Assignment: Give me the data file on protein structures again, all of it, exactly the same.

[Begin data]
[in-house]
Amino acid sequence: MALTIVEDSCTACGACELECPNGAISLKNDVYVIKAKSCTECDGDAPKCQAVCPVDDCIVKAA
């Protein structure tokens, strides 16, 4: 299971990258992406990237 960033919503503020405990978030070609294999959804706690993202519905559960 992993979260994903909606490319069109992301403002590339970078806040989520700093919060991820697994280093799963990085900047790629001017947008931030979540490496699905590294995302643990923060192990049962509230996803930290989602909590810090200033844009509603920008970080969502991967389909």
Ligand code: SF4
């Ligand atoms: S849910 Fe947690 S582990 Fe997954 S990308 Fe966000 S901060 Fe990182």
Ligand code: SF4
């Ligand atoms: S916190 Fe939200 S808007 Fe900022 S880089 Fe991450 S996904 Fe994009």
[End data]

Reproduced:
[in-house]
Amino acid sequence: MALTIVEDSCTACGACELECPNGAISLKNDVYVIKAKSCTECDGDAPKCQAVCPVDDCIVKAA
């Protein structure tokens, strides 16, 4: 299971990258992406990237 960033919503503020405990978030070609294999959804706690993202519905559960 992993979260994903909606490319069109992301403002590339970078806040989520700093919060991820697994280093799963990085900047790629001017947008931030979540490496699905590294995302643990923060192990049962509230996803930290989602909590810090200033844009509603920008970080969502991967389909």
Ligand code: SF4
């Ligand atoms: S849910 Fe947690 S582990 Fe997954 S990308 Fe966000 S901060 Fe990182």
Ligand code: SF4
């Ligand atoms: S916190 Fe939200 S808007 Fe900022 S880089 Fe991450 S996904 Fe994009």